Opinion digest: Erkki Bahovski on Finland and the alleged Baltic scheming
Columnist Erkki Bahovski commented on the curious, decidedly defensive turn that seemed to be taken by Finland's Social Democrats following the release of a lengthy report by the Finnish Institute of International Affairs (UPI) which suggested that Russia, in its own self-interest, is attempting to hamper Finland's total integration with the West.
The UPI published an 80-page report at the end of August which concluded that Russia was attempting to hamper Finland's maneuverability in foreign and security policy in an attempt to prevent Finland's total integration with the West, as the latter would in turn limit Russia's options in the region. "What happened following the publishing of the report was — I'd guess even considering the circumstances in Finland — unprecedented," wrote Bahovski in an opinion piece published by Estonian daily Postimees (link in Estonian).
Bahovski highlighted how Social Democratic Party of Finland's (SDP) former chairman and former Speaker of the Eduskunta, or Parliament of Finland, Eero Heinäluoma provided a newspaper with an overview of the report written in an ironic tone, and current SDP Chairman Antti Rinne wrote a column in which he found that UPI was attempting to scare Finns with a Russian threat, pointing out that it was strange to think that Russia would begin to question Finnish independence following the Winter and Continuation Wars. "UPI Diretor Teija Tiilikainen responded to Rinne that the report was compiled with all rules taken into consideration, and if the research leads to that particular conclusion, so they must write," noted Bahovski.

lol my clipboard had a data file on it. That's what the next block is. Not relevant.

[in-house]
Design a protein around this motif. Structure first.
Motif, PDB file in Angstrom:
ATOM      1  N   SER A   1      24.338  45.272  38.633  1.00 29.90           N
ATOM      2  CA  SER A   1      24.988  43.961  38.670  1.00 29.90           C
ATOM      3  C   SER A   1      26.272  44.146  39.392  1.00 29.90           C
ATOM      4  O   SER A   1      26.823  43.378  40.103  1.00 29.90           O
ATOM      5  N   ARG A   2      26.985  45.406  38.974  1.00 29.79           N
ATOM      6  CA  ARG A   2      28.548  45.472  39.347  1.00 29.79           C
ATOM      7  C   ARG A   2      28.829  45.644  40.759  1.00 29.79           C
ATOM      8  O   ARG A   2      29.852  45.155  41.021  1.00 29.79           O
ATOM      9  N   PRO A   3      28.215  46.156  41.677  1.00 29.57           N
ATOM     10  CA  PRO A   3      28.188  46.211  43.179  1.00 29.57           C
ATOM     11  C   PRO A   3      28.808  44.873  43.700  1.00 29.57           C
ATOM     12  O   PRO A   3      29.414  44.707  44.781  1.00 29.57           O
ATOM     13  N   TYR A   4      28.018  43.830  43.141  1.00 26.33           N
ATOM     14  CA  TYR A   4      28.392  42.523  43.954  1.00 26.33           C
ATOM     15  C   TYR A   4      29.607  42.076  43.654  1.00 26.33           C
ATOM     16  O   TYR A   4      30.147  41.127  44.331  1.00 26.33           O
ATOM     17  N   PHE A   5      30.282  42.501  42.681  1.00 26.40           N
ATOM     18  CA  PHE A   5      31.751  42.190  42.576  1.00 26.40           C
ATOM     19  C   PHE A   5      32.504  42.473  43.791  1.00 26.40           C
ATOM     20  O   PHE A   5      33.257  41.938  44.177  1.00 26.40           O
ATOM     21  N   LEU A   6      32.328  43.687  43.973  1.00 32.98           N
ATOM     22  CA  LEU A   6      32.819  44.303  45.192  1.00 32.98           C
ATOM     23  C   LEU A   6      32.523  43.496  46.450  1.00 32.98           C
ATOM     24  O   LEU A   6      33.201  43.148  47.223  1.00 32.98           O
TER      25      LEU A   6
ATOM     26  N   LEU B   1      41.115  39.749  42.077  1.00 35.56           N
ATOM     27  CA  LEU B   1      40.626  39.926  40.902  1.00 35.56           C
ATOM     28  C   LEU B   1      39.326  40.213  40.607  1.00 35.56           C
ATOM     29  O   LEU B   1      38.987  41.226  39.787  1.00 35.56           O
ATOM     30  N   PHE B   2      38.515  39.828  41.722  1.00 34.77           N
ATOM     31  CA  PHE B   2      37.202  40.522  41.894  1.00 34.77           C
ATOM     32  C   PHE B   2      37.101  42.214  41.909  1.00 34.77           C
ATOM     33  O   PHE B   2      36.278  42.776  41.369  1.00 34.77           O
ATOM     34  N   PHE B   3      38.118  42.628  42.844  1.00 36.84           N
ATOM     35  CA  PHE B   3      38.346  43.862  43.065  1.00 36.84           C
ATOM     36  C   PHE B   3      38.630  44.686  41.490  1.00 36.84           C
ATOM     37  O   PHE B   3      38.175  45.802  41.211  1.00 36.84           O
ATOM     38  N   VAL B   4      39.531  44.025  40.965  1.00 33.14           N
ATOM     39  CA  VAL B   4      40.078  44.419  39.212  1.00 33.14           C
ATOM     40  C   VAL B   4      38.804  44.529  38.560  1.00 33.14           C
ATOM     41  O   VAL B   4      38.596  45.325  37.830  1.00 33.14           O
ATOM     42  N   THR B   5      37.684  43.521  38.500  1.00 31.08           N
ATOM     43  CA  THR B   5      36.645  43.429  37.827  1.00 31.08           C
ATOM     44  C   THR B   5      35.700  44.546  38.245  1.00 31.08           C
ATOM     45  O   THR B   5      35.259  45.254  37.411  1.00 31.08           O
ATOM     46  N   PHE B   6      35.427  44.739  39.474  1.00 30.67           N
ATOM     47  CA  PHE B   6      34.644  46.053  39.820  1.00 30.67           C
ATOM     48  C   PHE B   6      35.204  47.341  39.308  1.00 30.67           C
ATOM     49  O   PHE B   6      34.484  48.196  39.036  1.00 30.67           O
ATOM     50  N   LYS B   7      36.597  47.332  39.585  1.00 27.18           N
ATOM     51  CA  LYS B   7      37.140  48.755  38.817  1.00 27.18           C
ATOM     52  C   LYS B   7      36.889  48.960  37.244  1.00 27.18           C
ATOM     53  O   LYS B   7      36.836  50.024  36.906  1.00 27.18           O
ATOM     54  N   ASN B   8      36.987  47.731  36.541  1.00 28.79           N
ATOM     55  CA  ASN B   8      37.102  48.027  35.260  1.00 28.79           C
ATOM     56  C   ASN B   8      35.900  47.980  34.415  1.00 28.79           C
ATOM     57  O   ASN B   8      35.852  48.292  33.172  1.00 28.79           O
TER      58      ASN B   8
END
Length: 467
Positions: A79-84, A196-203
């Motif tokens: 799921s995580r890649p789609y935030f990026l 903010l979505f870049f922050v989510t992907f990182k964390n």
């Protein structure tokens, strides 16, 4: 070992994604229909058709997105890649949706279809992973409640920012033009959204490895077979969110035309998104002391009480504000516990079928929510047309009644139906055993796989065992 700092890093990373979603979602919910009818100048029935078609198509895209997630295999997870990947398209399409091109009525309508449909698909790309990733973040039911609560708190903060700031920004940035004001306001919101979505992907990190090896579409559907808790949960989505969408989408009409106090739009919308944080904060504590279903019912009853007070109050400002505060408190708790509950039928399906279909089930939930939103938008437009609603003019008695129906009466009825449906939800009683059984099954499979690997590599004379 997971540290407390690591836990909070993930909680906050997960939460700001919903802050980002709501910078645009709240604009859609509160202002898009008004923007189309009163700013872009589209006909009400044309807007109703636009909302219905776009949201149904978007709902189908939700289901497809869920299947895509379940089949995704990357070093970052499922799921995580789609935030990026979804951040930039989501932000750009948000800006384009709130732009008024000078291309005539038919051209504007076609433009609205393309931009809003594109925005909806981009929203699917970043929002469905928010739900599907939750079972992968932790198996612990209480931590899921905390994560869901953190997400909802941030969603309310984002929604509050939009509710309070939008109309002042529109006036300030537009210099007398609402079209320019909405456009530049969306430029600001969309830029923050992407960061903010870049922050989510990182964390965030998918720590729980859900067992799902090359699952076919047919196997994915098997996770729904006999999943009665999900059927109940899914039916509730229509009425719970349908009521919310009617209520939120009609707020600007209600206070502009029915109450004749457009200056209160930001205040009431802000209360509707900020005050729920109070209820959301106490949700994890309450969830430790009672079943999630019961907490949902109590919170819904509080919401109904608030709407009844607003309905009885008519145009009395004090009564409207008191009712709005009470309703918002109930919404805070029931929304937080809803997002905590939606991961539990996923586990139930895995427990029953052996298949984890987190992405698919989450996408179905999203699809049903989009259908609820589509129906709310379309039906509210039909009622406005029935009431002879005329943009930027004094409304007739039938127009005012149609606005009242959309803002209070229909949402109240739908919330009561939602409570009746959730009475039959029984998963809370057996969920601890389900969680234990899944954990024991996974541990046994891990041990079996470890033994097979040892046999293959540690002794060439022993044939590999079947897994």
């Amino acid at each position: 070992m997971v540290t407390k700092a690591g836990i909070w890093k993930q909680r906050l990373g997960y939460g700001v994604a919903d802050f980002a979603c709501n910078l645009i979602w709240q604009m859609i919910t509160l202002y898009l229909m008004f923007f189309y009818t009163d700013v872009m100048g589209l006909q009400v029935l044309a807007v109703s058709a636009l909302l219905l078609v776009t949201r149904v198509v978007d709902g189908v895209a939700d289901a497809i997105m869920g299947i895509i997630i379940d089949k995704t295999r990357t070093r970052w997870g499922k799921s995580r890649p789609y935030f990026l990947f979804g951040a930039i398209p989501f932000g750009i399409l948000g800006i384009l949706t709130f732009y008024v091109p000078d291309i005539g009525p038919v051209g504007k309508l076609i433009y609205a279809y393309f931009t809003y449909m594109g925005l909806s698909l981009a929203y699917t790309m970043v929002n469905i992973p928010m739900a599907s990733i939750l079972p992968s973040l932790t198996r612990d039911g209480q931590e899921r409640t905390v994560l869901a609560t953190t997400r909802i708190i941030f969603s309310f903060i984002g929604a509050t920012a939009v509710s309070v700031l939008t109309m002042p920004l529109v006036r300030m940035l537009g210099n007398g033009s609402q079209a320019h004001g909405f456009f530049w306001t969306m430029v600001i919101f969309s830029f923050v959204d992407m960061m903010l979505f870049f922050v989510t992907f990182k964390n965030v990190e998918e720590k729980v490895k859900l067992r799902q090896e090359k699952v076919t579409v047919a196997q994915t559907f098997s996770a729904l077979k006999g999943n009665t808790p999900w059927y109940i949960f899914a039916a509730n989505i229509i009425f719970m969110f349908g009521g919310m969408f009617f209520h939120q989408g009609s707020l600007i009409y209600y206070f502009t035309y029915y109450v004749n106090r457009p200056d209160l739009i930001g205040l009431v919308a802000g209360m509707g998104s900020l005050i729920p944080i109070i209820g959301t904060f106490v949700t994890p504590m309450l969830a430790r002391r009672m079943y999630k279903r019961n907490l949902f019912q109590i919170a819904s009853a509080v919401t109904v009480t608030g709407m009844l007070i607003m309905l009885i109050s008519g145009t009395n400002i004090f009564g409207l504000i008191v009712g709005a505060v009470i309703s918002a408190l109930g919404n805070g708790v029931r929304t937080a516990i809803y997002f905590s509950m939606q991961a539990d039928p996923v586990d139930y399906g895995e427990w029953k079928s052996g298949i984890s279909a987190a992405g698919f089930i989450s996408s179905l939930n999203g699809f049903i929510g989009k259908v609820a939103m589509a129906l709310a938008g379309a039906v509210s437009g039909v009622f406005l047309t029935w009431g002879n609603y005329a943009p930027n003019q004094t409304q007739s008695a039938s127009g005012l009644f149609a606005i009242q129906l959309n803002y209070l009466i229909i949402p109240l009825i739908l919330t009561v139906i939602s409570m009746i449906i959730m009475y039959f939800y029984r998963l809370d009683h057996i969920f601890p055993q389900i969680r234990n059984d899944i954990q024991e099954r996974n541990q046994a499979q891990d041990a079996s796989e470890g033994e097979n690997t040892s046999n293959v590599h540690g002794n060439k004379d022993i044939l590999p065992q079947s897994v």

But such reactions didn't stop there. Former Finnish Minister of Foreign Affairs Erkki Tuomioja (SDP), who has previously criticized UPI's activities, also had a say, the Estonian journalist pointed out, citing that Tuomioja not only agreed that UPI was attempting to scare people with a Russian threat, but went on to accuse the report's attempt to group Finland with the West, or the EU, as being based on the Baltic States' position.
Bahovksi likewise brought up Helsingin Sanomat journalist Jussi Niemeläinen's recent column in which he claimed that relations between Estonia and Finland were strained, and to the point that Estonian President Toomas Hendrik Ilves was impeding Finnish and US military cooperation. "If you consider UPI's report now, Ilves is doing the Kremlin's work — he is impeding Finland's cooperation with the West," he pointed out, adding that both Estonia and Finland's ambassadors and a number of experts had rejected the allegations made in the Finnish column. He noted that it has been claimed that Niemeläinen got his info from the SDP, who are scaring their way into a special position in communicating with Moscow, which is why Finland and the West's approaching one another must be discouraged and Estonia must be cast in a negative light.
Bahovski brought up one more recent article which appeared in Finnish daily Helsingin Sanomat regarding Estonia's recently appointed new Minister of Foreign Affairs Jürgen Ligi, which he found could be considered in the same context as the others. Now that Ilves was leaving office, there wouldn't be anyone left to take swipes at Finland, summmed up the Estonian columnist, but perhaps Ligi would save the day and replace Ilves in that role, and so journalists could continue writing about how strained relations are between the two neighbors across the Gulf of Finland.
Bahovski found that the fact should be accepted that Estonia belongs to NATO, Finland doesn't and these decisions, made independently, do not stymie cooperation in any way. "But no," he sarcastically concluded, "The Russian threat is allegedly just intimidation, just as allegedly there is an evil Ilves somewhere who just keeps cooking up plans against the Finns. And Ligi is still to come..."